According to a story published February 5 in Wired magazine, “officials from the US military, the Department of Homeland Security, and the FAA gathered for a DHS 'summit' on a danger that had been consuming them privately for years: the potential use of hobbyist drones as weapons of terror or assassination.”
It’s no wonder the Obama administration fears the potential power of drones, given its use of drones to carry out assassinations.
Although the press was strictly prohibited from attending the hobby drone conference, a source provided Wired with the following glimpse into the meeting:
The officials played videos of low-cost drones firing semi-automatic weapons, revealed that Syrian rebels are importing consumer-grade drones to launch attacks, and flashed photos from an exercise that pitted $5,000 worth of drones against a convoy of armored vehicles. (The drones won.) But the most striking visual aid was on an exhibit table outside the auditorium, where a buffet of low-cost drones had been converted into simulated flying bombs. One quadcopter, strapped to 3 pounds of inert explosive, was a DJI Phantom 2, a newer version of the very drone that would land at the White House the next week.
After one of its devices was flown onto the White House lawn, DJI pushed a “mandatory firmware update” to owners of the Phantom 2 that would kill the device should anyone try to fly one of them within 15.5 miles of the White House.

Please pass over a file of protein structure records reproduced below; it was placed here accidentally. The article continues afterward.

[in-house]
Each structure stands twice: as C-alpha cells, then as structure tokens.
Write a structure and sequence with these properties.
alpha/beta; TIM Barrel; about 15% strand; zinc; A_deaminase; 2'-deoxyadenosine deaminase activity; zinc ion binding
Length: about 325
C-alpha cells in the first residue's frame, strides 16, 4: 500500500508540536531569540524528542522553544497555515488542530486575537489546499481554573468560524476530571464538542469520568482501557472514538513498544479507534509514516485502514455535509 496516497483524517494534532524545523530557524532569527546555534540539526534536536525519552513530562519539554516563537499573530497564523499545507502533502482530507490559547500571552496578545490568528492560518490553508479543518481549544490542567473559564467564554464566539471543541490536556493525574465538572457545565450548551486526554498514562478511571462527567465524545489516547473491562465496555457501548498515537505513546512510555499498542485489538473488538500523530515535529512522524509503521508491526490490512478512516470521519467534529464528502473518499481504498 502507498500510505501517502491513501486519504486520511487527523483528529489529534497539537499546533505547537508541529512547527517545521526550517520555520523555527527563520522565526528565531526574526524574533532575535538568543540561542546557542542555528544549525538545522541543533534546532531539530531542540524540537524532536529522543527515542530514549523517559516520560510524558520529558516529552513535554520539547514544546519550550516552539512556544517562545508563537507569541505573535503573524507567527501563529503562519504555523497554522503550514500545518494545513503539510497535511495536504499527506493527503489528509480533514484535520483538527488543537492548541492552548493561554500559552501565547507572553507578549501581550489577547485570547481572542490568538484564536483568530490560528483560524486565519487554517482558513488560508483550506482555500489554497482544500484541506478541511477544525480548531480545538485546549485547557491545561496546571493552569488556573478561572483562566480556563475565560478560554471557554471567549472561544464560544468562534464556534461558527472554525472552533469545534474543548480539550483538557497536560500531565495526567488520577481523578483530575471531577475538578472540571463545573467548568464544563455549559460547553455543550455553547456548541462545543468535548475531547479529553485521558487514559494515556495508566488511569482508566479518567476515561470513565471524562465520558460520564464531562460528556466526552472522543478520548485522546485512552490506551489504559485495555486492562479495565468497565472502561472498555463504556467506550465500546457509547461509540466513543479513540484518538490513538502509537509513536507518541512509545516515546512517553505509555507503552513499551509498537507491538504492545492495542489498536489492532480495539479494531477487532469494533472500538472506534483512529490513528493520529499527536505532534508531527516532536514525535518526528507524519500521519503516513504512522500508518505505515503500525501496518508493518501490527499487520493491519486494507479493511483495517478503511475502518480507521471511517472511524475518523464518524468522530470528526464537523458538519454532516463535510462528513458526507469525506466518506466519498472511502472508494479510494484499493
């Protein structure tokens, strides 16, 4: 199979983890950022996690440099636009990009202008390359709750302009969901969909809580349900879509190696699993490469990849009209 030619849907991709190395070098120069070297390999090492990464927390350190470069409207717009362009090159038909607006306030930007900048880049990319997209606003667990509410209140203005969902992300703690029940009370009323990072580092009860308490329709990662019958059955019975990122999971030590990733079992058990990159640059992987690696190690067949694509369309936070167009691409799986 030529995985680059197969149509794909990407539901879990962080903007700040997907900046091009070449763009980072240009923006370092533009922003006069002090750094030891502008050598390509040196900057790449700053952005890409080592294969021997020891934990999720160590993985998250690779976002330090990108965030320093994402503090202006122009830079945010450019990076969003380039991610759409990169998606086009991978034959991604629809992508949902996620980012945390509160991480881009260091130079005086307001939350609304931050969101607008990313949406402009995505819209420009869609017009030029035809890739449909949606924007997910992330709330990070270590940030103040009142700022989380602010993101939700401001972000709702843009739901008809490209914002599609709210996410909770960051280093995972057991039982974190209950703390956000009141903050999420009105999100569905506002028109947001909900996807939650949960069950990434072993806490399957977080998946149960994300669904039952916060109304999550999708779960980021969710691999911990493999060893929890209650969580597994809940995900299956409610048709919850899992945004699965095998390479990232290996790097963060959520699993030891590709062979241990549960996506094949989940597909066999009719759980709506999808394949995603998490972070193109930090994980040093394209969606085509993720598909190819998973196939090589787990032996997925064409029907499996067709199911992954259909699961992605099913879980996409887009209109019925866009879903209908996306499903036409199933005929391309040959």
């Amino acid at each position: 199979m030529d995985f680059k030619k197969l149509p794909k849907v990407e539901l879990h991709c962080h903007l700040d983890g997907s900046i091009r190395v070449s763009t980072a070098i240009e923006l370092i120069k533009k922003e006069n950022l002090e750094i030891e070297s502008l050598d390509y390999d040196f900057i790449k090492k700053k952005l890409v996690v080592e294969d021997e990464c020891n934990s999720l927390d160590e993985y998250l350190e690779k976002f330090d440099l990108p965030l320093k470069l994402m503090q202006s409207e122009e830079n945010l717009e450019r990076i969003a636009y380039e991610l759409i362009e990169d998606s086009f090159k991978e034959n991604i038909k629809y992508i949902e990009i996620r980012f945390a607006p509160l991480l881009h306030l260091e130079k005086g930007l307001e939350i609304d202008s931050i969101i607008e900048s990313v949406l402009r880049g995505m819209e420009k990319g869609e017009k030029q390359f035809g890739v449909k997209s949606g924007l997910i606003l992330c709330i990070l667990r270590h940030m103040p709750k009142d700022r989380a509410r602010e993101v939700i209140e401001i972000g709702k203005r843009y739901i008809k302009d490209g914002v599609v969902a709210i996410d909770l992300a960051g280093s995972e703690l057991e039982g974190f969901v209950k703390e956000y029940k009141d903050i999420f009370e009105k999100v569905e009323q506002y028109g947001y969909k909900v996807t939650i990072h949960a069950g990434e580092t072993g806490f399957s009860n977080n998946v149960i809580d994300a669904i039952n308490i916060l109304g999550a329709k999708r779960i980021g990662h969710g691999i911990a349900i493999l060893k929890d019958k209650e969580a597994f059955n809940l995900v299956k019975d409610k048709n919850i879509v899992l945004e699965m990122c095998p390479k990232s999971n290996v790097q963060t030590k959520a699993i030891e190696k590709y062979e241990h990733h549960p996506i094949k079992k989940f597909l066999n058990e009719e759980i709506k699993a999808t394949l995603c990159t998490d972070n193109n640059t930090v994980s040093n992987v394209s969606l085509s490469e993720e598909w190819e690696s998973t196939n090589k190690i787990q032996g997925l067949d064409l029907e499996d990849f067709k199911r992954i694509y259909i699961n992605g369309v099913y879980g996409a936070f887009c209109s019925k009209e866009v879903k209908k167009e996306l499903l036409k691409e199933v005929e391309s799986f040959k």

Although there is no other known use of this geofencing technology by other drone manufacturers, given the habit of the federal government of installing tracking and surveillance chips in consumer electronics, it seems all but certain that hobby drones will soon be preemptively prevented from flying anywhere near other protected property.
Included in the Wired article is a notable fact about other known geofenced locations. The magazine reports that there are only two places on earth (other than airports) that are shut up within these virtual walls: the White House and Beijing's Tiananmen Square.
One thing the federal government surely understands is the ability of individuals to hack computer systems. Agents of the Obama administration have conducted various cyber attacks of their own and thus cannot be ignorant of the capability.
Regarding the so-called hobby drones, owners will eventually figure out a way to dig up the electronic fences, so to speak, and cut the technological tether placed on their devices. As Wired reports:
Hardcore drone hobbyists tend to be tinkerers, and sooner or later their rumbling will translate into published firmware hacks and workarounds anyone can use.
“Right now there [don't] exist any hacks to remove the geofencing or downgrade the firmware,” says Herbert. “I’m sure they’re coming. People will figure it out eventually.”
DJI insists that it is staying one step ahead of the hackers.
“We do provide different layers of security to make it difficult to hack and get around,” says DJI’s Perry, as quoted by Wired.
Extra layers of security or not, anyone determined to doctor his drone will make it happen eventually. This fact will not deter the government from attempting to outlaw such tampering, however.
As it has demonstrated with gun control regulations, though, the government isn’t so interested in preventing drone-delivered death as it is in making sure it maintains its monopoly on such power.
Joe A. Wolverton, II, J.D. is a correspondent for The New American. Follow him on Twitter @TNAJoeWolverton.